Mary Daheim: Mysteries featuring a small town newspaper editor

Last week, I picked up The Alpine Betrayal by Mary Daheim at a used book store. There are about 10 books in the series, which features Emma Lord, the editor of a small town in northern California.

I’ve read through Chapter 7, about 80 pages. So far, I am enjoying it. The local color is interesting. The main character is fleshed out well. There is a cast of secondary characters, some of whom are described in detail and some of whom get only passing notice.

I just waded through a two-page scene in which the author introduced more than a dozen new characters by name and terse description. There’s no way I can keep track of that many characters, particularly when they’re thrown at me like bullets from a machine gun.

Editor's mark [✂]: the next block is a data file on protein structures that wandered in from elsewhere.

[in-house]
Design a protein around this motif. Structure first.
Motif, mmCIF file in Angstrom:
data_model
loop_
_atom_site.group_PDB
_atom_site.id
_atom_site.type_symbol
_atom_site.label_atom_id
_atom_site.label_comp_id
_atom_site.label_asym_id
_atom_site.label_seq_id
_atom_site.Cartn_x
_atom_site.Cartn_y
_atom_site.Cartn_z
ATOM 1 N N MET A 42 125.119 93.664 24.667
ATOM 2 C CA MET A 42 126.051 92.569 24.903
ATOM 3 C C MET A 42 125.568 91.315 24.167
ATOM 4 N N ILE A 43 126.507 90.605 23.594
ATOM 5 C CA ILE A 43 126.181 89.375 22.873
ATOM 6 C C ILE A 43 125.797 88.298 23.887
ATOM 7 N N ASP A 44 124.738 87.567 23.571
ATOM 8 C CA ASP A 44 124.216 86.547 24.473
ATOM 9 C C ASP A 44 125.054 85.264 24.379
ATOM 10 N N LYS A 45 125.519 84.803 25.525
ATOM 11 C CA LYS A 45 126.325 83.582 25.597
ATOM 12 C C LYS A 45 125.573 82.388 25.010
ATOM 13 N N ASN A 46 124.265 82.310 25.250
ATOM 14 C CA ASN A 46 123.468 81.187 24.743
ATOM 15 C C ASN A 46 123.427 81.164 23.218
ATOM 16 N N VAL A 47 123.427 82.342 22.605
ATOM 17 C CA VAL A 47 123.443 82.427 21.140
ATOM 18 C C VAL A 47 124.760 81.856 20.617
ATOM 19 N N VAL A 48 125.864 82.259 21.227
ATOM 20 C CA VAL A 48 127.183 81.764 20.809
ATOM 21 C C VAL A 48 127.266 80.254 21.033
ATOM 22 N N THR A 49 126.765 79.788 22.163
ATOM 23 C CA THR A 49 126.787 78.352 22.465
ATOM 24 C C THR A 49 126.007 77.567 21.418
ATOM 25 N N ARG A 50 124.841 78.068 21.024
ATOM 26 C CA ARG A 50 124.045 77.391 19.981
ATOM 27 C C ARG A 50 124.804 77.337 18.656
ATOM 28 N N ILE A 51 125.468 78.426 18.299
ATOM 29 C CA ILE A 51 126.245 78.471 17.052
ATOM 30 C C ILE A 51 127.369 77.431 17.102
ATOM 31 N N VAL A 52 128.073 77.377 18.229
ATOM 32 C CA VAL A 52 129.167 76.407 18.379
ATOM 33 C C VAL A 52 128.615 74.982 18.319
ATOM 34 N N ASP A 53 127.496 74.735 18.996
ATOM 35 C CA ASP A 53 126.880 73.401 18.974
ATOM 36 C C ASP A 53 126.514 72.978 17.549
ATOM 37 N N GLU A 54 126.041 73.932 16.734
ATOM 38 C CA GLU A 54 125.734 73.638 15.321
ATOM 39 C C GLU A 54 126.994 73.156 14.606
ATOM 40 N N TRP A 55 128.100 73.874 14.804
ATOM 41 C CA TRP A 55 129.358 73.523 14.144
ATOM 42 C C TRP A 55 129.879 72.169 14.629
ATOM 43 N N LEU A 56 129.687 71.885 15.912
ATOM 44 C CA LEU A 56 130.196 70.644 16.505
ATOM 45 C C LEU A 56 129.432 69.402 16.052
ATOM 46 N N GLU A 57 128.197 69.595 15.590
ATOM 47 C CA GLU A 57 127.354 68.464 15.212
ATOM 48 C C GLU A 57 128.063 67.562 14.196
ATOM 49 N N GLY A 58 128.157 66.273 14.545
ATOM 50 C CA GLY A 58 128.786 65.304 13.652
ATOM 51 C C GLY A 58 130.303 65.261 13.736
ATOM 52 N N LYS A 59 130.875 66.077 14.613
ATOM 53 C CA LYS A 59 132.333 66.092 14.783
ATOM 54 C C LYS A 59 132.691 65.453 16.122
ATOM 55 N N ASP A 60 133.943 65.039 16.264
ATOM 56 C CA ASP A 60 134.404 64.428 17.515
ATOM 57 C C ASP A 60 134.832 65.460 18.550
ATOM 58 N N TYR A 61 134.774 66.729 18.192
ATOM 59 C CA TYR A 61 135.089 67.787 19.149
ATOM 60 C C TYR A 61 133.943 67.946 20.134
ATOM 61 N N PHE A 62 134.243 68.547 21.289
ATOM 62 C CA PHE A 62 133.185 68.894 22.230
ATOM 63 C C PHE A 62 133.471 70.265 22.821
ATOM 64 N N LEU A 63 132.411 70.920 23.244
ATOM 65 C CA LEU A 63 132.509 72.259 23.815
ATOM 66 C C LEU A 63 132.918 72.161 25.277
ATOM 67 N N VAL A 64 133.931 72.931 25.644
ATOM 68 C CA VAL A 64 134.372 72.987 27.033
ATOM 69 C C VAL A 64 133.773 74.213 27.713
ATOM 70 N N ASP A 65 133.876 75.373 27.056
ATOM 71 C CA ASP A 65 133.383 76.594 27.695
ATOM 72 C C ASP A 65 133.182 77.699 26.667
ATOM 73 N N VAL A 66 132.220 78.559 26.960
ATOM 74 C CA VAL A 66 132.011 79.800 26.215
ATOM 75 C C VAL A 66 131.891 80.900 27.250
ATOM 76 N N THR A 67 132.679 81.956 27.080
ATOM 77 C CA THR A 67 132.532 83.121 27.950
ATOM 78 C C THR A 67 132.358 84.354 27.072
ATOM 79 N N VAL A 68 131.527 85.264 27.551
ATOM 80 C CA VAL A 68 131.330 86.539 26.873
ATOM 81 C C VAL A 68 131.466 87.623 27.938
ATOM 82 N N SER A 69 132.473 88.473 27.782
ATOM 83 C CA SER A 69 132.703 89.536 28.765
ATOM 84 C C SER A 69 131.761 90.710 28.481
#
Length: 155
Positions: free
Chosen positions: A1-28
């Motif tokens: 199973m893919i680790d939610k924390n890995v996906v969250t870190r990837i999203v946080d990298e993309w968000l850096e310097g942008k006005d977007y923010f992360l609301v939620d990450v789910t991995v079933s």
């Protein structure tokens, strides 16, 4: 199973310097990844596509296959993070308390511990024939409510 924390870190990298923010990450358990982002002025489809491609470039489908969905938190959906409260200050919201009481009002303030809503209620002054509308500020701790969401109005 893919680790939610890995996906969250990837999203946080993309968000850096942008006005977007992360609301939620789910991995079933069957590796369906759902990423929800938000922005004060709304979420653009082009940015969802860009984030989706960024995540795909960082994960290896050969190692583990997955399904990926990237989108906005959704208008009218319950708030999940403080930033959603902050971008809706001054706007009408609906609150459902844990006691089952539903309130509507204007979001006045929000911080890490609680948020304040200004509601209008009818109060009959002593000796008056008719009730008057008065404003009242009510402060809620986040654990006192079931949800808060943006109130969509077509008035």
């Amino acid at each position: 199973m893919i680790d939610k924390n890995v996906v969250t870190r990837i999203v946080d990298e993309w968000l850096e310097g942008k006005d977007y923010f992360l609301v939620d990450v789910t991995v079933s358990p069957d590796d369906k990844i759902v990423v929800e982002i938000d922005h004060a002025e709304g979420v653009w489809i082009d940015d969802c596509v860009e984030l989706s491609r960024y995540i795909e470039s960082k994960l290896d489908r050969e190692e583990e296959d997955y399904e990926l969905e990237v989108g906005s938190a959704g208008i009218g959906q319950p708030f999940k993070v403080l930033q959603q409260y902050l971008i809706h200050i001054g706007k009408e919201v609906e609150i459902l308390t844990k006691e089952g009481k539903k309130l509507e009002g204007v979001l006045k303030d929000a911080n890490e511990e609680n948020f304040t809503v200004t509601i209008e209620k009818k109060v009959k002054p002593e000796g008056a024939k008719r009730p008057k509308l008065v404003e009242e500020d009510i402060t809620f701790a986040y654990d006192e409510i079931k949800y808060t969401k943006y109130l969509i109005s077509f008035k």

But I still like the author and look forward to exploring more of the series.

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Tony Hillerman R.I.P.

Tony Hillerman’s passing marks the end of a long string of excellent fiction books.

I fell in love with Hillerman’s Jim Chee/Joe Leaphorn novels back in the 1980s. I read every one of them as soon as I could get my hands on them. I enjoyed them all, though I think his last couple of stories didn’t measure up to his earlier works.

I enjoyed Hillerman’s works for two main reasons.

First, he created characters that were likeable and believable. Leaphorn and Chee both are honest, upright lawmen. But both have personal foibles and imperfections that make them human. They react to situations just as I suspect real people would. I believe them.

Second, Hillerman set his stories in the American Southwest, a region that fascinates me. He was good at describing the terrain, the foliage, the weather, everything that I find interesting about the desert.

My favorite titles by Hillerman are Listening Woman and The Dance Hall of the Dead.